Icelandair Uses Mobile Barcode…Poorly

Icelandair has a new out-of-home campaign which makes use of a QR Code. This billboard was found on the side of a New York City phone booth kiosk.

When the consumer scans the rather dense (I’ll get back to that in a minute) QR Code, he/she is brought to a page on the desktop version of the company’s website titled “Netclub Signup.” Once on the page, the consumer is prompted to provide an email address in exchange for the latest travel fares and special offers. Gee, how original. How meaningful. How valuable. How boring. Is this the best the company can come up with? Sure, it’s one thing to request an email address and try to build a list, but it’s another to truly engage with a potential customer and attempt to win them over and earn their business. I see none of that here, do you? Also, why not optimize the mobile experience and send the consumer to a mobile website?

Beyond the scan resolve, I question the call-to-action, which reads, “Sign up for the latest fares and special deals to Iceland and beyond from Icelandair.” Does the company really believe they are going to drive traffic with a call-to-action as basic as this?

With respect to the QR Code, why generate a dense code, one that is potentially difficult to scan, instead of a more simplistic code? Instead of using a 132-character URL address to generate the code, the marketing team could have shortened the URL to just 20 characters (give or take depending on the shortener used). The look of the code would be cleaner and the scan success rate would be higher.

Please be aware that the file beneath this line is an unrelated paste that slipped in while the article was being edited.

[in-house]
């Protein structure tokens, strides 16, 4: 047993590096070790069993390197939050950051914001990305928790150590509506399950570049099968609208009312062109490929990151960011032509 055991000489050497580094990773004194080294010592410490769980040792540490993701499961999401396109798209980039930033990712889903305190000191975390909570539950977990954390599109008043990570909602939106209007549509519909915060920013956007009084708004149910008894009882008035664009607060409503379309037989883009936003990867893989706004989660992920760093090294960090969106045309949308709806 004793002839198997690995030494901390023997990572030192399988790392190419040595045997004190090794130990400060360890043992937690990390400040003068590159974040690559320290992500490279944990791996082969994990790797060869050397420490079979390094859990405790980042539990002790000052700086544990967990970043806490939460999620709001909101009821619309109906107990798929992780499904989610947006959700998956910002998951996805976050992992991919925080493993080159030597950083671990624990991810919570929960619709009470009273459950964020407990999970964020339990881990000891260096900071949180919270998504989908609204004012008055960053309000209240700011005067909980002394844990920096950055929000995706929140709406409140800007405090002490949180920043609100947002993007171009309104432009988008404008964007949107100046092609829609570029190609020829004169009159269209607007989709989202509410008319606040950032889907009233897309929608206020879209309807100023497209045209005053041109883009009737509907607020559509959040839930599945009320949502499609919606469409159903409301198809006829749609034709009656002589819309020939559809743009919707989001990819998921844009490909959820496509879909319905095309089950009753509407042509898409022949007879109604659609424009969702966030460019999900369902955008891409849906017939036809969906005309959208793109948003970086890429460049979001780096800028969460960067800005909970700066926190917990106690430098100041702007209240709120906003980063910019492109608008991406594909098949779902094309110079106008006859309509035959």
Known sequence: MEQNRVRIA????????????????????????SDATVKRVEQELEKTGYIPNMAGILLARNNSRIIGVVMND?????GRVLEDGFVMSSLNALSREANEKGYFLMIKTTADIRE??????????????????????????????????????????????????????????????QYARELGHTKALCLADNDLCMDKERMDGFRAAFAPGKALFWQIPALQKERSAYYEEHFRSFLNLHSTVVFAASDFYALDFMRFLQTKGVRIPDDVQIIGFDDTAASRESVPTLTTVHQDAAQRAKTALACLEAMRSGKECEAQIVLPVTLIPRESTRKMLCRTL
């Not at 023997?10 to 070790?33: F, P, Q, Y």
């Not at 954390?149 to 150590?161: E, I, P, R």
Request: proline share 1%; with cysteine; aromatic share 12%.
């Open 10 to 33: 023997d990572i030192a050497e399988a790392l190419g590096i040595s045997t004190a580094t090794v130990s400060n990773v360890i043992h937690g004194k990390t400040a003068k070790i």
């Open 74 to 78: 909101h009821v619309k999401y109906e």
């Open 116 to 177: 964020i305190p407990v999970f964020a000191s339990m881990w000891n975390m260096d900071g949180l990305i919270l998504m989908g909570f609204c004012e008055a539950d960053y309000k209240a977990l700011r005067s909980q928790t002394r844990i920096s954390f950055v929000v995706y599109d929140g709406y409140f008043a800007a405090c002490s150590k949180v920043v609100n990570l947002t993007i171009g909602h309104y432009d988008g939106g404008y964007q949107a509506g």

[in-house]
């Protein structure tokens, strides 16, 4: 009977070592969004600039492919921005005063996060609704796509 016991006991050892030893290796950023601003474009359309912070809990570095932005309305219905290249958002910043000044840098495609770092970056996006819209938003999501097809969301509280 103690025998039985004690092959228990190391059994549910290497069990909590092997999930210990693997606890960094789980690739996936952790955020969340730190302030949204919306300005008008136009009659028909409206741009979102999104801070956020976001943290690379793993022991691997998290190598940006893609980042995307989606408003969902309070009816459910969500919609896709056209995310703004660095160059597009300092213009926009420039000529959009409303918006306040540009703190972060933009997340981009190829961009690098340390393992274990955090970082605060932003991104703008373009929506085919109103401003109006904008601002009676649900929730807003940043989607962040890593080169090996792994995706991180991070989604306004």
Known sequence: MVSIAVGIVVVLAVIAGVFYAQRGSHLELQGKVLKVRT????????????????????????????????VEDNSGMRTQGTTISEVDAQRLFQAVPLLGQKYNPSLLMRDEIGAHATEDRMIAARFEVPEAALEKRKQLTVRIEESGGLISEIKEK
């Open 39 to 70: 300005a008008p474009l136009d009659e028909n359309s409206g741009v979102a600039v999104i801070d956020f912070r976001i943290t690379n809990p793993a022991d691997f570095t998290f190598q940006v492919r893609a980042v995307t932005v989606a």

Lastly, to know the uniqueness of a travel destination like Iceland, I would think the company’s marketing team and/or its agency could have developed a more fun, different and engaging campaign that would accomplish the objective of building a list and that much more. Heck, at the very minimum, develop a campaign worth sharing with others.

2D Barcode Litmust Test: FAIL

Advertisements

Leave a Reply

Fill in your details below or click an icon to log in:

WordPress.com Logo

You are commenting using your WordPress.com account. Log Out / Change )

Twitter picture

You are commenting using your Twitter account. Log Out / Change )

Facebook photo

You are commenting using your Facebook account. Log Out / Change )

Google+ photo

You are commenting using your Google+ account. Log Out / Change )

Connecting to %s